Dr. Jordan Peterson’s 42 Rules for Life. The origins to his book 12 Rules for Life: An Antidote to Chaos

Tell the truth.
Pay attention.
Don’t be too civilized.
Be precise in your speech.
Promote the best in people.
Do not do things that you hate.
Don’t let bullies get away with it.
Nothing well done is insignificant.
Be grateful in spite of your suffering.
Dress like the person you want to be.
Maintain your connections with people.
Do not hide unwanted things in the fog.
Do not transform your wife into a maid.
Speak the truth about unpleasant things.
Be careful who you share bad news with.
Be careful who you share good news with.
Read something written by someone great.
Stand up straight with your shoulders back.
Pet a cat when you encounter one on the street.
Pursue what is meaningful, not what is expedient.
Reality isn’t made out of matter, but what matters.
Act so that you can tell the truth about how you act.
Make friends with people who want the best for you.
Do not bother children when they are skateboarding.
Do not allow yourself to become arrogant or resentful.
Make at least one thing better every single place you go.
Don’t avoid something frightening if it stands in your way.
But also remember to not do unnecessarily dangerous things.
Try to make one room in your house as beautiful as possible.
Set your house in perfect order before you criticize the world.
Don’t try to rescue someone who does not want to be rescued.
Be very careful of rescuing someone who wants to be rescued.
Imagine who you could be, and then aim single-mindedly at that.
Do not let your children do anything that makes you dislike them.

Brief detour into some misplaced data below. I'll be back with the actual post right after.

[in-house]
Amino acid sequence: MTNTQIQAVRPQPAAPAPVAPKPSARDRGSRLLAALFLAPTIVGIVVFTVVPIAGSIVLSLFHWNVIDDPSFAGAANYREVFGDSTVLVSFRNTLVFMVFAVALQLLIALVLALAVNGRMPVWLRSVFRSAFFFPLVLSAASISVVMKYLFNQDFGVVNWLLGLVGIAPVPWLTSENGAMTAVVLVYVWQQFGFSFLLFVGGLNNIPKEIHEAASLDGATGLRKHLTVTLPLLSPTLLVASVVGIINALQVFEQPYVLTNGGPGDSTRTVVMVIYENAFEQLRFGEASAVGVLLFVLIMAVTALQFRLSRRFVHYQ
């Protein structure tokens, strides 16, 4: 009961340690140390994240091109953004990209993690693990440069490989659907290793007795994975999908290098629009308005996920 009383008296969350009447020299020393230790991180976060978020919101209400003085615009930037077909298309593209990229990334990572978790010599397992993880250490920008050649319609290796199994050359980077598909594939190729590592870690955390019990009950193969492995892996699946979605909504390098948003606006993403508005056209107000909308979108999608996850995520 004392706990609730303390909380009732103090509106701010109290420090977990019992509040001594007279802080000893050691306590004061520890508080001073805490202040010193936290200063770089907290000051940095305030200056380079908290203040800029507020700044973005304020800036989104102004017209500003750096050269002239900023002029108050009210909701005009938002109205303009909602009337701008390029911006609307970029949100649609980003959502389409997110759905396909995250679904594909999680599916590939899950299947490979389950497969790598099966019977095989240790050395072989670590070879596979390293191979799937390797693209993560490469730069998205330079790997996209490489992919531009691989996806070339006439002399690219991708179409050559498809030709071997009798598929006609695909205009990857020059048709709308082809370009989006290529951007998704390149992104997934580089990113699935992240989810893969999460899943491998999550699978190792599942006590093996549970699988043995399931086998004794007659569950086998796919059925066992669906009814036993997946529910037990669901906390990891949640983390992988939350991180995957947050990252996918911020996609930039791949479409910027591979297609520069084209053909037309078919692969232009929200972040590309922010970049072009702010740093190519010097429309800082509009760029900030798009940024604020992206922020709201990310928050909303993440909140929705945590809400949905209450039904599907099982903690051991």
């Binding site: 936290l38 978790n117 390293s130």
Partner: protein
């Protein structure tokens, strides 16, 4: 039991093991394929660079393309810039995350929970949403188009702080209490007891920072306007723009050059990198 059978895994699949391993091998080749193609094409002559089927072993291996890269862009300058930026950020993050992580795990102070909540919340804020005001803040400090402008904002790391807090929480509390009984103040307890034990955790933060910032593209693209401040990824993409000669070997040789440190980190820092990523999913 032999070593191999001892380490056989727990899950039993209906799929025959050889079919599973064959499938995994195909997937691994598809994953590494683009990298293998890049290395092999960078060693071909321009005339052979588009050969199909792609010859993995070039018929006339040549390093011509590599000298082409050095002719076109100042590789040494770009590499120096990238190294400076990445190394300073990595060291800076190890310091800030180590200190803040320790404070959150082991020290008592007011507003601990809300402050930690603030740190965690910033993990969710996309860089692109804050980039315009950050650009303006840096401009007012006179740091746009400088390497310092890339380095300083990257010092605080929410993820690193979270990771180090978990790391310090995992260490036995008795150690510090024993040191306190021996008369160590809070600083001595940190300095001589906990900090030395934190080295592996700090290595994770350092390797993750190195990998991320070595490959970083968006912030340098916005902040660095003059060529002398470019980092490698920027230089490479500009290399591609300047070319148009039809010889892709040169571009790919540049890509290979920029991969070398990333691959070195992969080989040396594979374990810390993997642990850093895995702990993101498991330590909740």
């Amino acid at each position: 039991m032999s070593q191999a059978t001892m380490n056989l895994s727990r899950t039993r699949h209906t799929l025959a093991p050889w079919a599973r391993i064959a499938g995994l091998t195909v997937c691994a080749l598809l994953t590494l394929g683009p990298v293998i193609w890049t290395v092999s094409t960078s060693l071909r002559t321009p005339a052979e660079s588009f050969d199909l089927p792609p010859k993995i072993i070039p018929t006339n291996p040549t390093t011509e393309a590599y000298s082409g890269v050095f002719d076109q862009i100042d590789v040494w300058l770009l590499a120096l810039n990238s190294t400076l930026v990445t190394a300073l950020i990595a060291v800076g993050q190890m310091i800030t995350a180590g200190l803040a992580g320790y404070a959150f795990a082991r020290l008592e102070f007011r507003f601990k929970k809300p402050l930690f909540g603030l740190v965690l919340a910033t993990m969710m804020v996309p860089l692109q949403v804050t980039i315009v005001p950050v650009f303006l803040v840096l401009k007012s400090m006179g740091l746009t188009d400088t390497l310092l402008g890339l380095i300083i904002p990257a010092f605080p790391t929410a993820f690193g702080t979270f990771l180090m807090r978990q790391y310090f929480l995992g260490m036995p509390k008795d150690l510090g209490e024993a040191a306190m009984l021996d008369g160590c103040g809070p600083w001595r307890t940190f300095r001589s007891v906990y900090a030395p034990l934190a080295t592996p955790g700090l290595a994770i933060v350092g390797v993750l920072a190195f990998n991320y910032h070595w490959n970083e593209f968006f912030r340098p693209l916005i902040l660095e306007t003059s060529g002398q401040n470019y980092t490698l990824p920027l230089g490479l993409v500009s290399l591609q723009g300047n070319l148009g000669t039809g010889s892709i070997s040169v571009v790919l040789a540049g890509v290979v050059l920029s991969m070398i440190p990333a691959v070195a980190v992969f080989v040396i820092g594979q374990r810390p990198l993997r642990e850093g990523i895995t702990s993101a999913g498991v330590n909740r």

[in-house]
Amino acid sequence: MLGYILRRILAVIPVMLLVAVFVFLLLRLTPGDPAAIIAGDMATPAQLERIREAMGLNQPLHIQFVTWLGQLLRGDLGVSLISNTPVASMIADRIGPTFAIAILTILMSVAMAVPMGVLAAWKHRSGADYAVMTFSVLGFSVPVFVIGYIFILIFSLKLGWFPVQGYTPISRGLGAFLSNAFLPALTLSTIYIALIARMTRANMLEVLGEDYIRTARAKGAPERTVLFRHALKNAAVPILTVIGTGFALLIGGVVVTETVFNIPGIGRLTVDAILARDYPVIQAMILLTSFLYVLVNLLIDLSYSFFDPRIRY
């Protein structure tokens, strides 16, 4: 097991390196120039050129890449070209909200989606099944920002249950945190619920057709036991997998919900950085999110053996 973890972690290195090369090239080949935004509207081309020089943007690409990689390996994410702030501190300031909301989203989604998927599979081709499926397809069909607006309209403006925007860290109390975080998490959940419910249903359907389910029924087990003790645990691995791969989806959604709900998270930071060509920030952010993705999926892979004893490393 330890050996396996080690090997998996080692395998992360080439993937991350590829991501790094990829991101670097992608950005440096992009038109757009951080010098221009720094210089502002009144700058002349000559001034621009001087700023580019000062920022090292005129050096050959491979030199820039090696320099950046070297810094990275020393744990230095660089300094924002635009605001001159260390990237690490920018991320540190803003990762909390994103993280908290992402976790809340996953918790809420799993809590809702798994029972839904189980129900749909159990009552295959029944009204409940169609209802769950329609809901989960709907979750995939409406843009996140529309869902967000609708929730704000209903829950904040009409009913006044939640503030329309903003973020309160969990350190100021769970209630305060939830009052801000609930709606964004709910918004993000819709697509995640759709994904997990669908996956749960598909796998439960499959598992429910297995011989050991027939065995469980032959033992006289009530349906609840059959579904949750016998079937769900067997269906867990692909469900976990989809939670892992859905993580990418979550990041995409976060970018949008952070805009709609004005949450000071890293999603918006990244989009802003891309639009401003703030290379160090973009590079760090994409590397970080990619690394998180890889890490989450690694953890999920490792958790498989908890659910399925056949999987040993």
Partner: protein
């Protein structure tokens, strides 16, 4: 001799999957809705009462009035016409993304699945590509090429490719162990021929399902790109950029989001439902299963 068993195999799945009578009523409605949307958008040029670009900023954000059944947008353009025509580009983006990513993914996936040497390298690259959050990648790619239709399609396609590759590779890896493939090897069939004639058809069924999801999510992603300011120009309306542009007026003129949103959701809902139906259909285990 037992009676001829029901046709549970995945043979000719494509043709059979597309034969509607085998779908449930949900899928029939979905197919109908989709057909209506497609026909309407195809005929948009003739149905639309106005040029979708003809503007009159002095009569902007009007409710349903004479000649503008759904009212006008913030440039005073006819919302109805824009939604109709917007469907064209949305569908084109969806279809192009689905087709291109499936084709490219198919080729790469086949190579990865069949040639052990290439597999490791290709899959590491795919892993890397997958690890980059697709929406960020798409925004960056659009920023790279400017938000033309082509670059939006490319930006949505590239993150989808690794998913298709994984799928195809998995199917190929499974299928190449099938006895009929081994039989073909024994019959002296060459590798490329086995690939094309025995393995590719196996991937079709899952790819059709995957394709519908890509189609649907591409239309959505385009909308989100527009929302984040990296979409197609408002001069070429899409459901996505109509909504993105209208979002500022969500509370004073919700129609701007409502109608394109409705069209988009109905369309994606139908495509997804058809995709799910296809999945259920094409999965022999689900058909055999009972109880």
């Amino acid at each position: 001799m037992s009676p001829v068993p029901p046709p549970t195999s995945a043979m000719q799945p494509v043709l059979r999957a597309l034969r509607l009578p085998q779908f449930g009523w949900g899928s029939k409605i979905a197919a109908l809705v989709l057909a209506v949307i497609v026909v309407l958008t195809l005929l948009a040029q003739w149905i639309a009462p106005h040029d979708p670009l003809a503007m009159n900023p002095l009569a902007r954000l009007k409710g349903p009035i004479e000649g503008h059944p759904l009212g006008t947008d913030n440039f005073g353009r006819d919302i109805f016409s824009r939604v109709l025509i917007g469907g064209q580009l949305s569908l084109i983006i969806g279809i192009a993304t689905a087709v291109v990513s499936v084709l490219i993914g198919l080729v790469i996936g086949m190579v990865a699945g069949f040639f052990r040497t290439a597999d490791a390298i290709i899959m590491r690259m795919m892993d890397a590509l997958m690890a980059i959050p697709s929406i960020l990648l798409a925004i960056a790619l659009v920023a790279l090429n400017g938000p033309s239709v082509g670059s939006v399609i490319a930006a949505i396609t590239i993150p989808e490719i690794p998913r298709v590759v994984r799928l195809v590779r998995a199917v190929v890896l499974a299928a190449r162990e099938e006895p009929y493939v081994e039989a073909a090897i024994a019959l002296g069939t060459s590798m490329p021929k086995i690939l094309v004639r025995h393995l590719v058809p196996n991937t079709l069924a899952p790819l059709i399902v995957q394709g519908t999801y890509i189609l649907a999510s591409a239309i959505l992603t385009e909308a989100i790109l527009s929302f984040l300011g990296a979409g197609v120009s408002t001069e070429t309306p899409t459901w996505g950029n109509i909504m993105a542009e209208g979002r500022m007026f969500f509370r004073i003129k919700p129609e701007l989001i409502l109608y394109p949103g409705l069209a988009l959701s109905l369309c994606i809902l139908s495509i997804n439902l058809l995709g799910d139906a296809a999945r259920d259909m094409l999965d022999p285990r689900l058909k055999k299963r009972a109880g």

Do not carelessly denigrate social institutions or artistic achievements.
Notice that opportunity lurks where responsibility has been abdicated.
Plan and work diligently to maintain the romance in your relationships.
Treat yourself as if you were someone that you are responsible for helping.
Work as hard as you possibly can on at least one thing and see what happens.
If old memories still make you cry, write them down carefully and completely.
Compare yourself to who you were yesterday, not to who someone else is today.
Remember that what you do not yet know is more important than what you already know.
Ask someone else to do you a small favor, so that he or she can ask you to do one in the future.
If you have to choose, be the one who does things, instead of the one who is seen to do things.
Write a letter to the government if you see something that needs fixing, and propose a solution.
The person you are listening to might know something you need to know; listen so they will share it.
If you can’t order your own life, you shouldn’t be trying to order anything more complicated than that.
And that’s that.

Jordan B. Peterson (Click The Name To Buy The Book)

Source

>